Fear of death and illness, the best motivation for exercise

The professionals of fitness can use the results of a new study as a persuasive technique to motivate people with fear of illness and death

According to a study by the University of WaterlooIn Canada, fear of illness and death are the best motivators for people to exercise.

The survey consisted of 669 people having to rate five messages from one to seven, one of which did not motivate them and seven which most motivated them to start exercising.

the author, the doctor Kiemu Oyibo, states that “this study is important because it helps us understand the types of messages by which people, regardless of their gender, are motivated by persuasive health communication and that can influence their socio-cognitive behavior and their beliefs about exercise” .

If you don’t have time for exercise, you will have time for illness

The study’s messages were divided into five different categories: financial, obesity, death, illness and social stigma. Those of illness and death had the highest results.

  • Illness: the phrase by British statesman and Earl of Derby, Edward Stanley, was what the researchers chose for the message in the illness category: “Those who think they don’t have time to exercise, sooner or later will have time for illness”. His score was 4.8.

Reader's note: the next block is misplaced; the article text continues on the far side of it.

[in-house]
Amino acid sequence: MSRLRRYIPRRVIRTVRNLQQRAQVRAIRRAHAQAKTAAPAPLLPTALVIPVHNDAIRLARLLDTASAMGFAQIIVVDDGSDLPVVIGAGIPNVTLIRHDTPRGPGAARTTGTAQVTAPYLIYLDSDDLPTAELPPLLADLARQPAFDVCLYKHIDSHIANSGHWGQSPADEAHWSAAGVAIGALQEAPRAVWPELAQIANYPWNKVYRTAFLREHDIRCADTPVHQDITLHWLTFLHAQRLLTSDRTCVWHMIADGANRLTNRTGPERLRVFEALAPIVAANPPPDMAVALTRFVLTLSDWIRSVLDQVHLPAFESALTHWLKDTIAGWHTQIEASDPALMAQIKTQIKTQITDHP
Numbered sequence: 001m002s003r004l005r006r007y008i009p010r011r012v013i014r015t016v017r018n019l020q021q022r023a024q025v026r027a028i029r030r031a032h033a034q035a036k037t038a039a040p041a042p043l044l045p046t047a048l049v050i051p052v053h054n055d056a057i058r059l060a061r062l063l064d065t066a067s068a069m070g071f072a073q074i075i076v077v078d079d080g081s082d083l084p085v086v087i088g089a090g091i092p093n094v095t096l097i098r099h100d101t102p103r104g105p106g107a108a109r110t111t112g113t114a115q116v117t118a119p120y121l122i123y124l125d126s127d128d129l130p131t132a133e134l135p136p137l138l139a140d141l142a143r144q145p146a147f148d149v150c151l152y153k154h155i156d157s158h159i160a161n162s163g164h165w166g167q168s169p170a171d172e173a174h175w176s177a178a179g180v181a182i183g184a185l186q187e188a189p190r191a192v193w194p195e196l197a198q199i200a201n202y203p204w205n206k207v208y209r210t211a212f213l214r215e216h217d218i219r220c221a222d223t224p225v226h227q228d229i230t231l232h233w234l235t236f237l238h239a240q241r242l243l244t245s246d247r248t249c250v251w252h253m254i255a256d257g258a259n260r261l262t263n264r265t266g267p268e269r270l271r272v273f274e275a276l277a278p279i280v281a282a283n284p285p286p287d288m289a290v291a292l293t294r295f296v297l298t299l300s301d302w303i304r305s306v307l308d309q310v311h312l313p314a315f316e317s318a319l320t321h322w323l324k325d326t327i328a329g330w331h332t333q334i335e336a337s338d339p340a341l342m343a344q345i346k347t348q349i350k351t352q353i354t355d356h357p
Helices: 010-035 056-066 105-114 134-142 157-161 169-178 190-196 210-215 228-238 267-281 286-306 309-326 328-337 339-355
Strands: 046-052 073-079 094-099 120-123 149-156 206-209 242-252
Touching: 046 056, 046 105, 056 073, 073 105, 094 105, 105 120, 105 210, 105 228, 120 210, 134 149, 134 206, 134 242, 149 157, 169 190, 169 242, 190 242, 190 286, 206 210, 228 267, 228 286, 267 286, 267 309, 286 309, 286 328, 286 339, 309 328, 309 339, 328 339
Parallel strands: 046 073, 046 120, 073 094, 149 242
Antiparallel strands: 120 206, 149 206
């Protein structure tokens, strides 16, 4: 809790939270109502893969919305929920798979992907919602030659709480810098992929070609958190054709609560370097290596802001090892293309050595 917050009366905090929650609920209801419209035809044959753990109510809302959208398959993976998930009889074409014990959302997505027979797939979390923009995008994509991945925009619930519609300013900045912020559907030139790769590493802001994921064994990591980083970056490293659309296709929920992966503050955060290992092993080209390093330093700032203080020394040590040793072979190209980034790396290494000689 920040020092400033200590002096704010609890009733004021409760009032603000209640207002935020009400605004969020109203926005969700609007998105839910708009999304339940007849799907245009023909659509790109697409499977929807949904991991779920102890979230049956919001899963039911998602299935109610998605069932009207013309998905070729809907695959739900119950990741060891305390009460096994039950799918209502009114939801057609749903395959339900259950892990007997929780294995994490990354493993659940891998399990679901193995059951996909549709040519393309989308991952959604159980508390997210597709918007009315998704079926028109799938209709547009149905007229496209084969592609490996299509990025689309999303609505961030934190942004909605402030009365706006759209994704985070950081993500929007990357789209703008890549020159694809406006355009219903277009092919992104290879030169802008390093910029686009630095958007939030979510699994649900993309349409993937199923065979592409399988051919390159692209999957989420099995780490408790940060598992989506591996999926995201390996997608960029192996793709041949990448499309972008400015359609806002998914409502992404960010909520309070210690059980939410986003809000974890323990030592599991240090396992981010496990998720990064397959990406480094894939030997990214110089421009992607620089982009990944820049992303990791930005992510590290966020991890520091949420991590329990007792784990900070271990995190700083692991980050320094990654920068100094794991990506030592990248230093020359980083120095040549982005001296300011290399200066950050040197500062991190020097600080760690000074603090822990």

• Death: for this category they used data from the World Health Organization: “6% of deaths in the world are due to physical inactivity” and had an average of 4.69.
  • Financial: Respondents reported that not being physically active costs Canadian taxpayers $6.8 billion a year. It reached an average of 3.7.
  • Obesity: It has been mentioned that one in four Canadians has been classified as clinically obese. Here came a score of 3.5.
  • social stigma: A Canadian Obesity Network headline was used: “Stigma against people with obesity is comparable to racial discrimination”, which received the lowest score, 3.48.
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‘The findings provide a foundation for application designers fitness make more use of health messages related to illness and death as a persuasive technique to motivate behavior change,” added Oyibo.

The researcher also suggested that future studies consider other demographic characteristics, such as age, culture, race and education, to explore whether these factors affect the validity of these messages.


Messages related to illness and death are considered significant motivators for exercise

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